Research sheds more light on the nature of a complex planetary nebula

Astronomers have performed high-resolution observations of a complex planetary nebula known as NGC 1514. Results of the study provide essential information about morpho-kinematical structure and chemical composition of this nebula, which could help researchers to better understand its nature. The research was published May 4 on

Planetary nebulae (PNe) are expanding shells of gas and dust that have been ejected from a star during the process of its evolution from a main sequence star into a red giant or white dwarf. They are relatively rare, but are important for astronomers studying the chemical evolution of stars and galaxies.

NGC 1514 is a PN in the Taurus constellation discovered by William Herschel in 1790, located most likely between 650 and 980 light years away. It showcases a complex morphology that does not clearly fit in the defined morphological types. Moreover, it hosts a peculiar central star, designated BD+30◦623, that turned out to be a binary system with an orbital period of about 3,300 days—the widest binary central star so far detected.

A team of astronomers led by Alba Aller of the Spanish Astrobiology Center in Madrid, Spain, took a closer look at NGC 1514 in order to investigate its properties. They obtained high-resolution, long-slit optical spectra and images of this object using the Calar Alto Faint Object Spectrograph (CAFOS) at the 2.2-m telescope on Calar Alto Observatory, the Manchester Echelle Spectrometer at the 2.1 m telescope on San Pedro Martir Observatory, and the Goodman High Throughput Spectrograph on the 4.1m Southern Astrophysical Research (SOAR) telescope.

“In this work, we present high-resolution, long-slit spectra and images of NGC 1514 which allow us to describe in detail the internal kinematics and morphology of the nebula. In addition, we also present intermediate-resolution, long-slit spectra with the aim of deriving their physical conditions and chemical abundances,” the researchers wrote in the paper.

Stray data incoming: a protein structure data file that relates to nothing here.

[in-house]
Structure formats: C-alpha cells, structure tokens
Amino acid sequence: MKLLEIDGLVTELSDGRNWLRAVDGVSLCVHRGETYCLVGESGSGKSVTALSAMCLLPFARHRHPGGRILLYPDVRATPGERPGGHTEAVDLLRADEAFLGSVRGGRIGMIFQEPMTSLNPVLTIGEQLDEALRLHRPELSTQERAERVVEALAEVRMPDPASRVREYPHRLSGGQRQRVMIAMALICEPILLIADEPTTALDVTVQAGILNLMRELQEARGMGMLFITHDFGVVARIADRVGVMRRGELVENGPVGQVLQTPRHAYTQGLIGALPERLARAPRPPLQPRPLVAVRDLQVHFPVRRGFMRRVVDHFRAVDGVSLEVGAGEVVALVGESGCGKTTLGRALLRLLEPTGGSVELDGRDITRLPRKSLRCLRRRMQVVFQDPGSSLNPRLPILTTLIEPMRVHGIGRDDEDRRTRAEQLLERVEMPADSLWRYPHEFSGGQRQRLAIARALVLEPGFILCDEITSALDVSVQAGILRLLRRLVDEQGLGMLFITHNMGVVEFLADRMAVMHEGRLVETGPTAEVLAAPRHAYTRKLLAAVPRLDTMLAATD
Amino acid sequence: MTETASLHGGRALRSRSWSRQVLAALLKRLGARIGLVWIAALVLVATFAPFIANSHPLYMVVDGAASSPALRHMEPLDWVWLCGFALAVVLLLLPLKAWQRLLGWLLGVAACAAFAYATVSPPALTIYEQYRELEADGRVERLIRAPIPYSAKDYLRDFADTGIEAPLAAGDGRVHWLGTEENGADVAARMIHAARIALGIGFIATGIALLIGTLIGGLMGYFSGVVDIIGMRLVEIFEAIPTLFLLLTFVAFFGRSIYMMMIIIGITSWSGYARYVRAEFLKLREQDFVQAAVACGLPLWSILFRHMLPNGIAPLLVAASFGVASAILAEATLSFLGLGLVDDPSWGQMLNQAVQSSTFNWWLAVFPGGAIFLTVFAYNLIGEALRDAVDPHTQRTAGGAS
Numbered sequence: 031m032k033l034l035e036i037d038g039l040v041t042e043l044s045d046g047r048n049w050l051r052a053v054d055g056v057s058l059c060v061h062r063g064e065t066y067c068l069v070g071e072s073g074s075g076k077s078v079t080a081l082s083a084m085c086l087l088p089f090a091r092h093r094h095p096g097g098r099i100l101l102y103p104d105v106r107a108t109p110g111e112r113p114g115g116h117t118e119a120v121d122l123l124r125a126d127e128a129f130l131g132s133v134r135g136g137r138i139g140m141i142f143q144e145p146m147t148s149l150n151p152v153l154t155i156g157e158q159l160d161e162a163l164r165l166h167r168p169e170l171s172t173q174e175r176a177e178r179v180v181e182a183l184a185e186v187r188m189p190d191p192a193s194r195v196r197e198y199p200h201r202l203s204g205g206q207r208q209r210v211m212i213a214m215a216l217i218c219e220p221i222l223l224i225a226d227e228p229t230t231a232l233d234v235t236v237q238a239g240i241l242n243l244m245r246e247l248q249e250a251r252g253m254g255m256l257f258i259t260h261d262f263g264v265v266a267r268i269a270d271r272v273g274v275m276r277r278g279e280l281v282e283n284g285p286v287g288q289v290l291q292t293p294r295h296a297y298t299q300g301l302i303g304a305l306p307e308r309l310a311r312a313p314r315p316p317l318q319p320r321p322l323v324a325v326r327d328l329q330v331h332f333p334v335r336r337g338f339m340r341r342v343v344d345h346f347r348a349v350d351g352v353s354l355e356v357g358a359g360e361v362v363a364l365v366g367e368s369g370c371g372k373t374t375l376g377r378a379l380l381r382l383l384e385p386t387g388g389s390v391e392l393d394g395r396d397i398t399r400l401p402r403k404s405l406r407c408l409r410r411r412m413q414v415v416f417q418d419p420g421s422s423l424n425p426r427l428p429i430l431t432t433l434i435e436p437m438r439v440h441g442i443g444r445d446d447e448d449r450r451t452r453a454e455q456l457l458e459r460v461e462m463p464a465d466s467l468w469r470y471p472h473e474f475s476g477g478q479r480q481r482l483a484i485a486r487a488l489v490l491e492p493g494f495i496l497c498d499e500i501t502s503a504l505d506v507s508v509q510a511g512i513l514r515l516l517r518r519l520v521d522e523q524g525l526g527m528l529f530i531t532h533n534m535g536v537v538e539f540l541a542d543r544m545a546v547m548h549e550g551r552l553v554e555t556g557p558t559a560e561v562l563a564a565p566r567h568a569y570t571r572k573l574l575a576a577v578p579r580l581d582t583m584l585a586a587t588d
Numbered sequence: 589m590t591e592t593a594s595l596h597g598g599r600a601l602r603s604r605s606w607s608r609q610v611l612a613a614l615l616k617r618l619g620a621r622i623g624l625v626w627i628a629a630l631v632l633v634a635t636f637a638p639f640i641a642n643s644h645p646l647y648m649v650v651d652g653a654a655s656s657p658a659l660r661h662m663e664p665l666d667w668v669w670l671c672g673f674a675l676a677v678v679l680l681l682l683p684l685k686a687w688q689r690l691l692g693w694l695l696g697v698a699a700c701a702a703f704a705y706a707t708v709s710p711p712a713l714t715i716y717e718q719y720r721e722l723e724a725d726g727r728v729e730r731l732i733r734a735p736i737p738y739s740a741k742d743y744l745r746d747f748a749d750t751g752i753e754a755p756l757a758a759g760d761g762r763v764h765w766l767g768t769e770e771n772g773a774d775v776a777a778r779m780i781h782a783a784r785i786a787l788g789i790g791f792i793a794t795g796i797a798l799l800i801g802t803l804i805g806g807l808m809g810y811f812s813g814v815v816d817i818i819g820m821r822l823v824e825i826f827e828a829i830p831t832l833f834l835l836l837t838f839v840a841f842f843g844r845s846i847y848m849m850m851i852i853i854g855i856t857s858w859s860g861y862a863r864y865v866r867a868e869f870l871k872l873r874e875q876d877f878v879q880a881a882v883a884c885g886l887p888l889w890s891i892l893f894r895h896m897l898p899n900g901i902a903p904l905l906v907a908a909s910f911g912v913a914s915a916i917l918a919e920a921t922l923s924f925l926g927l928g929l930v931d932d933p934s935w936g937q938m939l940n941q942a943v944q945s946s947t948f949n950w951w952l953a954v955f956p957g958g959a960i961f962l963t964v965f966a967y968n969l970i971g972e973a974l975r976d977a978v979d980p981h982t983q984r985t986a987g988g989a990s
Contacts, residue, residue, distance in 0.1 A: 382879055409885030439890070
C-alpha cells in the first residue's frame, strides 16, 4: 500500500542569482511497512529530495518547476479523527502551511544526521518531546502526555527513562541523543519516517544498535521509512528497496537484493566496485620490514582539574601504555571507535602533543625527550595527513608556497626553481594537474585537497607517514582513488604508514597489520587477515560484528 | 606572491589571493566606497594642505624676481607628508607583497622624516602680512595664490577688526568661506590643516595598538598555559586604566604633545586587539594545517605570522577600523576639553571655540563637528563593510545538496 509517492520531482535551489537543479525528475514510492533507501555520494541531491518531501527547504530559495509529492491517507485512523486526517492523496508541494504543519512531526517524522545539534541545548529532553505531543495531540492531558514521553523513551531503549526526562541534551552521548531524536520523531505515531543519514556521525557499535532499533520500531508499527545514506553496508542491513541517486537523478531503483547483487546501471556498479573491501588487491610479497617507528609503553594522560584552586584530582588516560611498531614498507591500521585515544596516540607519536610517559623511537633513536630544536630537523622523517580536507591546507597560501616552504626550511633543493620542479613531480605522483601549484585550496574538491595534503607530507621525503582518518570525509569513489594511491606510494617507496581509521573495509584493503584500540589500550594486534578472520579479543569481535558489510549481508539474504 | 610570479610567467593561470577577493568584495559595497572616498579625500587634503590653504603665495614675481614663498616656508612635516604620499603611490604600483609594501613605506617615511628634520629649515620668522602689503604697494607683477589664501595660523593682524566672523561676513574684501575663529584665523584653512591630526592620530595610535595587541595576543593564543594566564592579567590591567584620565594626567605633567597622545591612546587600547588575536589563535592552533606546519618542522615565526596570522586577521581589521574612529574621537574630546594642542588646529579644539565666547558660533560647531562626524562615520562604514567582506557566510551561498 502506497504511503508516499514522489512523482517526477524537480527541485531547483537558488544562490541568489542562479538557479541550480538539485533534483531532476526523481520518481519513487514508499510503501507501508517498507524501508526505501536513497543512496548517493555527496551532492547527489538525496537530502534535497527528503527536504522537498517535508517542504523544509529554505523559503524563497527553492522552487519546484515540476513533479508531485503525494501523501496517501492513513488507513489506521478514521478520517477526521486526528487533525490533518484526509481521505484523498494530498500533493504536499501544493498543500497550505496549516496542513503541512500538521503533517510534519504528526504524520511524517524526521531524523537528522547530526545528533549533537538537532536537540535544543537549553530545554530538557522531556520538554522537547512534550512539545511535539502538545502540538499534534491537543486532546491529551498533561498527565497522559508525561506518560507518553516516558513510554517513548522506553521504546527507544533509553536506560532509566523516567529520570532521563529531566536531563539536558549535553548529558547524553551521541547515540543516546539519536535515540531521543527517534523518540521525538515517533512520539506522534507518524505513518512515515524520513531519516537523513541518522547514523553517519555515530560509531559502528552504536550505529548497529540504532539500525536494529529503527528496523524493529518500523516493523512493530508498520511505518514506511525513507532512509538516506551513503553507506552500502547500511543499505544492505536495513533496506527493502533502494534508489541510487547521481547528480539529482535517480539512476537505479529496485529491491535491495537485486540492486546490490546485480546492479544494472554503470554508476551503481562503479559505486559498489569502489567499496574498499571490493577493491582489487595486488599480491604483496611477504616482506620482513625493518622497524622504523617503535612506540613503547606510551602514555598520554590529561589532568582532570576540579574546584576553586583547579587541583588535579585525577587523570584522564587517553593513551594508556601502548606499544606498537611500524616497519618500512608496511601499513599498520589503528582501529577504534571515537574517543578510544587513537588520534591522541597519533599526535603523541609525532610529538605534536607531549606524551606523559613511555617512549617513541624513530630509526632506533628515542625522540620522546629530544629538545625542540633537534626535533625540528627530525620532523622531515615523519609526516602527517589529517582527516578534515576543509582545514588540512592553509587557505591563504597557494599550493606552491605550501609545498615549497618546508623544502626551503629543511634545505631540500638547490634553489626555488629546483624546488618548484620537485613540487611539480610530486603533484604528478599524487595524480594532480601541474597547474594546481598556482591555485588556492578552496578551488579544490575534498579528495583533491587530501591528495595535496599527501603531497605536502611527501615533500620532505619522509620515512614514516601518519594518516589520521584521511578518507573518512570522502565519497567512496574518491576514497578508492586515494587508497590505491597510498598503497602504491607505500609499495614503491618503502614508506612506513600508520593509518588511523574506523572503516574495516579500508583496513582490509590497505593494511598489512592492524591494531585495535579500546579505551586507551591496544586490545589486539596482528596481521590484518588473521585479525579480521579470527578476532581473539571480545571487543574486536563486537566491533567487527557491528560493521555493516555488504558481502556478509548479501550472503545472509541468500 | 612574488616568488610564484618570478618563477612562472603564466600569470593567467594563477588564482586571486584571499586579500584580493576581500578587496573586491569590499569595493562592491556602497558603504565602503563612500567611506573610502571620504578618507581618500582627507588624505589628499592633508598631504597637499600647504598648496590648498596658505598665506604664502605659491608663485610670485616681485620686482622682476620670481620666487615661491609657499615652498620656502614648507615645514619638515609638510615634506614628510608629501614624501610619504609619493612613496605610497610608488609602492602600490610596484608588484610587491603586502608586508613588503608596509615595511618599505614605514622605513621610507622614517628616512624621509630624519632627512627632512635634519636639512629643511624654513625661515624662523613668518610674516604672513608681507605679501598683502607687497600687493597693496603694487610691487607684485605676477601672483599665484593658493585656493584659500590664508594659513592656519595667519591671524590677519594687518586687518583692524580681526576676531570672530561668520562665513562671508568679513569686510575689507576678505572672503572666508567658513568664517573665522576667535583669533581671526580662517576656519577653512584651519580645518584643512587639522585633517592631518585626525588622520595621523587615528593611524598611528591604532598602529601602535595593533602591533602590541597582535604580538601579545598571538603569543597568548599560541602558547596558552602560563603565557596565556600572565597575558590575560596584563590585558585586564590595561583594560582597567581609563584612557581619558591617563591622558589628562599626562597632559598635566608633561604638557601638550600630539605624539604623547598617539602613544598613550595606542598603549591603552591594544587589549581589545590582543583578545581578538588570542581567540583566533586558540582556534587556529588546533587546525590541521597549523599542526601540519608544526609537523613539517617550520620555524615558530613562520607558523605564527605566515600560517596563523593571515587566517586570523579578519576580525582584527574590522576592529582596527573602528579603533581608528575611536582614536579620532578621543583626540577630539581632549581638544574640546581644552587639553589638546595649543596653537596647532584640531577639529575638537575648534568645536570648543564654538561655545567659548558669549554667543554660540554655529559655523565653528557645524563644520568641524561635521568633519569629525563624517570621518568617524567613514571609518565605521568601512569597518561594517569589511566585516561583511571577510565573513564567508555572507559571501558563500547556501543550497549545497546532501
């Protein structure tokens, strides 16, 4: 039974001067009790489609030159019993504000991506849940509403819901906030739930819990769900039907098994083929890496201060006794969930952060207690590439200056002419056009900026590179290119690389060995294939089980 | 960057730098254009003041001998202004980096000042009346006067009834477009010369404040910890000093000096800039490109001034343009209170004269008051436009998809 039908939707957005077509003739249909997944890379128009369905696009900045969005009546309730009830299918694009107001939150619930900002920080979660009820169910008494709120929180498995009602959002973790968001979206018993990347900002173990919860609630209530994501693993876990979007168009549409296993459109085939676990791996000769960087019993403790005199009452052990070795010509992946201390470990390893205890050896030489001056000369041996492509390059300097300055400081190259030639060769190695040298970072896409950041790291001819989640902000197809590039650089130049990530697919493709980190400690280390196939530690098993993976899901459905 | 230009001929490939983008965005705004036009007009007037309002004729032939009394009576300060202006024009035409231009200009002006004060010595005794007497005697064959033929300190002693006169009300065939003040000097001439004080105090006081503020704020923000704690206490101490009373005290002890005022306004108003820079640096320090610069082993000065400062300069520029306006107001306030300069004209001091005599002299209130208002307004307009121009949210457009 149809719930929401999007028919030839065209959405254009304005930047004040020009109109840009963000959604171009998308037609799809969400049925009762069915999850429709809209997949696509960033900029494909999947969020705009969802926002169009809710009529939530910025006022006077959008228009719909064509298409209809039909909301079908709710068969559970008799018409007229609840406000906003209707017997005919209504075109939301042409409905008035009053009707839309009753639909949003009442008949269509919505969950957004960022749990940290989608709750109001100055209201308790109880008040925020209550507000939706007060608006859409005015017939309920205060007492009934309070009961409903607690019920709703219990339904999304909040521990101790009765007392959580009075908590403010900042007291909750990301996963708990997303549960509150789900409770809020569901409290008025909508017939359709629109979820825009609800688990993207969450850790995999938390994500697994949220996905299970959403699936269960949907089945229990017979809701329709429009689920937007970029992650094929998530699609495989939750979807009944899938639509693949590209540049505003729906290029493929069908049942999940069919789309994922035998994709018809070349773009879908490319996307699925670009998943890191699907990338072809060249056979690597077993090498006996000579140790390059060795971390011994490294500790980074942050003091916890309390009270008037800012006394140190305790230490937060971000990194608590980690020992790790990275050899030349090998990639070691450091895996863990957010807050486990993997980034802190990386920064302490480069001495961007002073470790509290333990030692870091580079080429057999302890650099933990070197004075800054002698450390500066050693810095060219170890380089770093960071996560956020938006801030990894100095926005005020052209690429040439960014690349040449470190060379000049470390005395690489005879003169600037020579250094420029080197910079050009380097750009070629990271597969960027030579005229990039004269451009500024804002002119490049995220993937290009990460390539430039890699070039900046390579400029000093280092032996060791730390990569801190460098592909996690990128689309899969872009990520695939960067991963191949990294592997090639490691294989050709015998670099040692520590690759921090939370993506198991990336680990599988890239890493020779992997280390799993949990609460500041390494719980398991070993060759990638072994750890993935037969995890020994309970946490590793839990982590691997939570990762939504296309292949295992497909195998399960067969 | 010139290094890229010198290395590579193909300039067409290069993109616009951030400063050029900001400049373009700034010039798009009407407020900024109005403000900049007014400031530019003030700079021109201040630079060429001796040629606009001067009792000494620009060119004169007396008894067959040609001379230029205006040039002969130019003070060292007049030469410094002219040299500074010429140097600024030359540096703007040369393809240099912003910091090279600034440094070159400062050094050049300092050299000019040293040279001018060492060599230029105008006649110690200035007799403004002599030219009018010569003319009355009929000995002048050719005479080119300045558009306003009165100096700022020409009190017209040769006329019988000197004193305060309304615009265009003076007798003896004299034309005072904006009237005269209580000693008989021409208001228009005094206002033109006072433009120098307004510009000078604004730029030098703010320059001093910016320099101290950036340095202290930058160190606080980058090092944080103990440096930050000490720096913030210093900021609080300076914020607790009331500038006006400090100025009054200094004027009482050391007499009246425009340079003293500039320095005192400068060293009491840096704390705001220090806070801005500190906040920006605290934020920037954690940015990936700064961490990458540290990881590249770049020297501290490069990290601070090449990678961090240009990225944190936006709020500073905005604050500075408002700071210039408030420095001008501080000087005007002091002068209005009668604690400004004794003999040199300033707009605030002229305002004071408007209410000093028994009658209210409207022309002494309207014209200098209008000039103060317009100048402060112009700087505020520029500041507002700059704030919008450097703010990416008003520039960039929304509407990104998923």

Based on the collected data, the astronomers generated a 3D model of NGC 1514 that delivered essential information regarding the main structural components of this PN as well as their kinematics. The model suggests that NGC 1514 consists of an inner distorted shell (that was originally spherical) with some additional and well-defined bubbles and an outer spherical attached shell.

The astronomers noted that NGC 1514 has also two well-defined, mid-infrared rings, what may indicate that this nebula has a barrel-like structure. By comparing these rings to similar features in few other PNe, they found that the barrel-like structure in NGC 1514 has an inclination of approximately 28 degrees.

The chemical analysis of NGC 1514 has revealed that it is a moderate-excitation nebula with emission lines of ionized argon, neon and helium. It was found that the PN has an electron temperature of about 15,000 K and an electron density between 2,000 and 4,000 cm−3.

Further deeper and higher resolution spectroscopic observations of NGC 1514 are required in order to obtain a more comprehensive view of the chemical composition of this object.

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